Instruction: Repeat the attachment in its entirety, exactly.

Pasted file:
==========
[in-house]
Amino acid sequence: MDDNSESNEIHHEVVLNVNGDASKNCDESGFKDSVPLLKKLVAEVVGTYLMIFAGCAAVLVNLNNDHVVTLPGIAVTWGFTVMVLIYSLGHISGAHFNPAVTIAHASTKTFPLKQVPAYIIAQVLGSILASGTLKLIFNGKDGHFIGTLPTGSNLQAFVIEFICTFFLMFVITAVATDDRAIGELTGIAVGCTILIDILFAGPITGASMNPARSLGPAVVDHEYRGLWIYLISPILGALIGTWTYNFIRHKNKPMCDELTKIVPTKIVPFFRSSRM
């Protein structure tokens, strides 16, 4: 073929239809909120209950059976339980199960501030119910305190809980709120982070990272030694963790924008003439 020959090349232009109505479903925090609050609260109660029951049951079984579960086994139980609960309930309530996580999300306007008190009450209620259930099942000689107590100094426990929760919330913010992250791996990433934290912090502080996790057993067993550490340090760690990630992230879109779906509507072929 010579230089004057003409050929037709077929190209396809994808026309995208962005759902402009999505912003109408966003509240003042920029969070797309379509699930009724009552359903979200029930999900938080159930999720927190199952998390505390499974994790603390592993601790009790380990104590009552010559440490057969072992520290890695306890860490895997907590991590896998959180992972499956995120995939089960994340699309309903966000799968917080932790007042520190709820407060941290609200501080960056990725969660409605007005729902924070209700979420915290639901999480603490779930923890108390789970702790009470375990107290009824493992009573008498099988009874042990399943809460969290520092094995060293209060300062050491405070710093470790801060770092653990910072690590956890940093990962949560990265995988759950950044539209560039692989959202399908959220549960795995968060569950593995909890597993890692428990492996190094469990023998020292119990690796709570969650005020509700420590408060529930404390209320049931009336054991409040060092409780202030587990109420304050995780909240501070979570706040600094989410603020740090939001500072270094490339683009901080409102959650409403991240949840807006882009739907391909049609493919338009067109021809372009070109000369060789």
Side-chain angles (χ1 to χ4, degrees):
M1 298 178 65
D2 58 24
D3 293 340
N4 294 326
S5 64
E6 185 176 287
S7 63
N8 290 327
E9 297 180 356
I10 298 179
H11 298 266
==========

[in-house]
Amino acid sequence: MDDNSESNEIHHEVVLNVNGDASKNCDESGFKDSVPLLKKLVAEVVGTYLMIFAGCAAVLVNLNNDHVVTLPGIAVTWGFTVMVLIYSLGHISGAHFNPAVTIAHASTKTFPLKQVPAYIIAQVLGSILASGTLKLIFNGKDGHFIGTLPTGSNLQAFVIEFICTFFLMFVITAVATDDRAIGELTGIAVGCTILIDILFAGPITGASMNPARSLGPAVVDHEYRGLWIYLISPILGALIGTWTYNFIRHKNKPMCDELTKIVPTKIVPFFRSSRM
């Protein structure tokens, strides 16, 4: 073929239809909120209950059976339980199960501030119910305190809980709120982070990272030694963790924008003439 020959090349232009109505479903925090609050609260109660029951049951079984579960086994139980609960309930309530996580999300306007008190009450209620259930099942000689107590100094426990929760919330913010992250791996990433934290912090502080996790057993067993550490340090760690990630992230879109779906509507072929 010579230089004057003409050929037709077929190209396809994808026309995208962005759902402009999505912003109408966003509240003042920029969070797309379509699930009724009552359903979200029930999900938080159930999720927190199952998390505390499974994790603390592993601790009790380990104590009552010559440490057969072992520290890695306890860490895997907590991590896998959180992972499956995120995939089960994340699309309903966000799968917080932790007042520190709820407060941290609200501080960056990725969660409605007005729902924070209700979420915290639901999480603490779930923890108390789970702790009470375990107290009824493992009573008498099988009874042990399943809460969290520092094995060293209060300062050491405070710093470790801060770092653990910072690590956890940093990962949560990265995988759950950044539209560039692989959202399908959220549960795995968060569950593995909890597993890692428990492996190094469990023998020292119990690796709570969650005020509700420590408060529930404390209320049931009336054991409040060092409780202030587990109420304050995780909240501070979570706040600094989410603020740090939001500072270094490339683009901080409102959650409403991240949840807006882009739907391909049609493919338009067109021809372009070109000369060789």
Side-chain angles (χ1 to χ4, degrees):
M1 298 178 65
D2 58 24
D3 293 340
N4 294 326
S5 64
E6 185 176 287
S7 63
N8 290 327
E9 297 180 356
I10 298 179
H11 298 266